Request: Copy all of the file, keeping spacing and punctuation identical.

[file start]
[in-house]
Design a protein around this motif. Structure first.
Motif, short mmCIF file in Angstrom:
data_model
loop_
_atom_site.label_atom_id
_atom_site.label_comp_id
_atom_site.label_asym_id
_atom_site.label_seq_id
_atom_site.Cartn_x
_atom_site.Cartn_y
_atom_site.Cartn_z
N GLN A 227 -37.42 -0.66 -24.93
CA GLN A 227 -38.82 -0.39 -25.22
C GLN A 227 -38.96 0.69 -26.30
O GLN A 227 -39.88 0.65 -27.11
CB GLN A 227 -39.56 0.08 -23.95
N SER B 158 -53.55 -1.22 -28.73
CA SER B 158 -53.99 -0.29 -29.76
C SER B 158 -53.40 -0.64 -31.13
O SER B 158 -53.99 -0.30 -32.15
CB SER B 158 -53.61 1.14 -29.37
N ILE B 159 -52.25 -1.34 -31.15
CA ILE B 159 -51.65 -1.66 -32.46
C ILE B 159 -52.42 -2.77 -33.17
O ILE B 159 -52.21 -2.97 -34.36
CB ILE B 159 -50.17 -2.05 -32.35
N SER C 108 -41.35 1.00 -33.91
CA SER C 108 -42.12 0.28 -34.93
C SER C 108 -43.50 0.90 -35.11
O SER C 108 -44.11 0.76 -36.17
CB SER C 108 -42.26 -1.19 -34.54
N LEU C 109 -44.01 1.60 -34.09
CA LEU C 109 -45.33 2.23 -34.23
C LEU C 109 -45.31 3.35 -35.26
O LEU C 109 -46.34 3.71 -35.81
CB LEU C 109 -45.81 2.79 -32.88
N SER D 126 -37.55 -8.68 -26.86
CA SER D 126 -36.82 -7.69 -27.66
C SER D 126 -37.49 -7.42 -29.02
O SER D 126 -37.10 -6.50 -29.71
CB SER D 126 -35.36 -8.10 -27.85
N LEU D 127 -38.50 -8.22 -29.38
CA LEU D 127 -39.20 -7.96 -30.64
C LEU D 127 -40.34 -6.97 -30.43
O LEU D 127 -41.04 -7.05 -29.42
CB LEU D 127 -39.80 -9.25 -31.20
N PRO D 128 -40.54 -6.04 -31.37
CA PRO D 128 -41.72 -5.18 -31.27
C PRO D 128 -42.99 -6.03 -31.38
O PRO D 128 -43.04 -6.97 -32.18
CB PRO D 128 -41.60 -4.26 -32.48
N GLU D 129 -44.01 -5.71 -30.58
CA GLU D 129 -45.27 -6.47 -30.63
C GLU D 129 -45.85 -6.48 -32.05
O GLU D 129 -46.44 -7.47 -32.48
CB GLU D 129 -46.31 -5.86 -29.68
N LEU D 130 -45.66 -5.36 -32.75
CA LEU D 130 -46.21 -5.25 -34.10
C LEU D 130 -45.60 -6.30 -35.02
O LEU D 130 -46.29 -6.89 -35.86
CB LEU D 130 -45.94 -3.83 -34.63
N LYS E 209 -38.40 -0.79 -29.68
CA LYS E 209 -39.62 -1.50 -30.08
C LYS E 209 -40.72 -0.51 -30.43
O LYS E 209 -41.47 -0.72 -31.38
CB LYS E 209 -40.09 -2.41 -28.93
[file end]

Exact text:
[in-house]
Design a protein around this motif. Structure first.
Motif, short mmCIF file in Angstrom:
data_model
loop_
_atom_site.label_atom_id
_atom_site.label_comp_id
_atom_site.label_asym_id
_atom_site.label_seq_id
_atom_site.Cartn_x
_atom_site.Cartn_y
_atom_site.Cartn_z
N GLN A 227 -37.42 -0.66 -24.93
CA GLN A 227 -38.82 -0.39 -25.22
C GLN A 227 -38.96 0.69 -26.30
O GLN A 227 -39.88 0.65 -27.11
CB GLN A 227 -39.56 0.08 -23.95
N SER B 158 -53.55 -1.22 -28.73
CA SER B 158 -53.99 -0.29 -29.76
C SER B 158 -53.40 -0.64 -31.13
O SER B 158 -53.99 -0.30 -32.15
CB SER B 158 -53.61 1.14 -29.37
N ILE B 159 -52.25 -1.34 -31.15
CA ILE B 159 -51.65 -1.66 -32.46
C ILE B 159 -52.42 -2.77 -33.17
O ILE B 159 -52.21 -2.97 -34.36
CB ILE B 159 -50.17 -2.05 -32.35
N SER C 108 -41.35 1.00 -33.91
CA SER C 108 -42.12 0.28 -34.93
C SER C 108 -43.50 0.90 -35.11
O SER C 108 -44.11 0.76 -36.17
CB SER C 108 -42.26 -1.19 -34.54
N LEU C 109 -44.01 1.60 -34.09
CA LEU C 109 -45.33 2.23 -34.23
C LEU C 109 -45.31 3.35 -35.26
O LEU C 109 -46.34 3.71 -35.81
CB LEU C 109 -45.81 2.79 -32.88
N SER D 126 -37.55 -8.68 -26.86
CA SER D 126 -36.82 -7.69 -27.66
C SER D 126 -37.49 -7.42 -29.02
O SER D 126 -37.10 -6.50 -29.71
CB SER D 126 -35.36 -8.10 -27.85
N LEU D 127 -38.50 -8.22 -29.38
CA LEU D 127 -39.20 -7.96 -30.64
C LEU D 127 -40.34 -6.97 -30.43
O LEU D 127 -41.04 -7.05 -29.42
CB LEU D 127 -39.80 -9.25 -31.20
N PRO D 128 -40.54 -6.04 -31.37
CA PRO D 128 -41.72 -5.18 -31.27
C PRO D 128 -42.99 -6.03 -31.38
O PRO D 128 -43.04 -6.97 -32.18
CB PRO D 128 -41.60 -4.26 -32.48
N GLU D 129 -44.01 -5.71 -30.58
CA GLU D 129 -45.27 -6.47 -30.63
C GLU D 129 -45.85 -6.48 -32.05
O GLU D 129 -46.44 -7.47 -32.48
CB GLU D 129 -46.31 -5.86 -29.68
N LEU D 130 -45.66 -5.36 -32.75
CA LEU D 130 -46.21 -5.25 -34.10
C LEU D 130 -45.60 -6.30 -35.02
O LEU D 130 -46.29 -6.89 -35.86
CB LEU D 130 -45.94 -3.83 -34.63
N LYS E 209 -38.40 -0.79 -29.68
CA LYS E 209 -39.62 -1.50 -30.08
C LYS E 209 -40.72 -0.51 -30.43
O LYS E 209 -41.47 -0.72 -31.38
CB LYS E 209 -40.09 -2.41 -28.93